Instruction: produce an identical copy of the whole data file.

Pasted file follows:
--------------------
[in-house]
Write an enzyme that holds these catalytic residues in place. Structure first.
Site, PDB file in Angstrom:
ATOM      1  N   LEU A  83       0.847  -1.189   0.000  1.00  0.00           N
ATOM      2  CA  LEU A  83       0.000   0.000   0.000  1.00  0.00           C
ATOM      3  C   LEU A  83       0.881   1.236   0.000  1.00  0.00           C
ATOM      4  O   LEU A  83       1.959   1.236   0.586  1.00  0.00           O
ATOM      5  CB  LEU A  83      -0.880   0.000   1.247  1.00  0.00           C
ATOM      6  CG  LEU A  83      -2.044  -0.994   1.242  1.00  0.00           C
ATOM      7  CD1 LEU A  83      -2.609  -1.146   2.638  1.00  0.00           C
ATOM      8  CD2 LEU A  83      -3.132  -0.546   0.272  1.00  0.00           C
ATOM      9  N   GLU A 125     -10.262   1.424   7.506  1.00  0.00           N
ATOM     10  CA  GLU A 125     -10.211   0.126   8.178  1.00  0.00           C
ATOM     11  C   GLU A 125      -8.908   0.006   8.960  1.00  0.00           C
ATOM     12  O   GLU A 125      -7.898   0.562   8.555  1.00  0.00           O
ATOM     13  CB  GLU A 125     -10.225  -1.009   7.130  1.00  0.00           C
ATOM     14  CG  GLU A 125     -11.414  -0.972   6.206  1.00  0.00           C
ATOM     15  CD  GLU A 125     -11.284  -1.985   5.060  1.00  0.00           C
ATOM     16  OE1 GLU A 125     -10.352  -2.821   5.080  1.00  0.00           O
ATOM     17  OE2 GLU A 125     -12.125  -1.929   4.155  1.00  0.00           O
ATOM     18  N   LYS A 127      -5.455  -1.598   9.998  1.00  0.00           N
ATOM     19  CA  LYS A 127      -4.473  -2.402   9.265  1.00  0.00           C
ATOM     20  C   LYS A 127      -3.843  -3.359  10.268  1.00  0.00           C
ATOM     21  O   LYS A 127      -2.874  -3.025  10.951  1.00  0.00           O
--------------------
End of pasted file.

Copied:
[in-house]
Write an enzyme that holds these catalytic residues in place. Structure first.
Site, PDB file in Angstrom:
ATOM      1  N   LEU A  83       0.847  -1.189   0.000  1.00  0.00           N
ATOM      2  CA  LEU A  83       0.000   0.000   0.000  1.00  0.00           C
ATOM      3  C   LEU A  83       0.881   1.236   0.000  1.00  0.00           C
ATOM      4  O   LEU A  83       1.959   1.236   0.586  1.00  0.00           O
ATOM      5  CB  LEU A  83      -0.880   0.000   1.247  1.00  0.00           C
ATOM      6  CG  LEU A  83      -2.044  -0.994   1.242  1.00  0.00           C
ATOM      7  CD1 LEU A  83      -2.609  -1.146   2.638  1.00  0.00           C
ATOM      8  CD2 LEU A  83      -3.132  -0.546   0.272  1.00  0.00           C
ATOM      9  N   GLU A 125     -10.262   1.424   7.506  1.00  0.00           N
ATOM     10  CA  GLU A 125     -10.211   0.126   8.178  1.00  0.00           C
ATOM     11  C   GLU A 125      -8.908   0.006   8.960  1.00  0.00           C
ATOM     12  O   GLU A 125      -7.898   0.562   8.555  1.00  0.00           O
ATOM     13  CB  GLU A 125     -10.225  -1.009   7.130  1.00  0.00           C
ATOM     14  CG  GLU A 125     -11.414  -0.972   6.206  1.00  0.00           C
ATOM     15  CD  GLU A 125     -11.284  -1.985   5.060  1.00  0.00           C
ATOM     16  OE1 GLU A 125     -10.352  -2.821   5.080  1.00  0.00           O
ATOM     17  OE2 GLU A 125     -12.125  -1.929   4.155  1.00  0.00           O
ATOM     18  N   LYS A 127      -5.455  -1.598   9.998  1.00  0.00           N
ATOM     19  CA  LYS A 127      -4.473  -2.402   9.265  1.00  0.00           C
ATOM     20  C   LYS A 127      -3.843  -3.359  10.268  1.00  0.00           C
ATOM     21  O   LYS A 127      -2.874  -3.025  10.951  1.00  0.00           O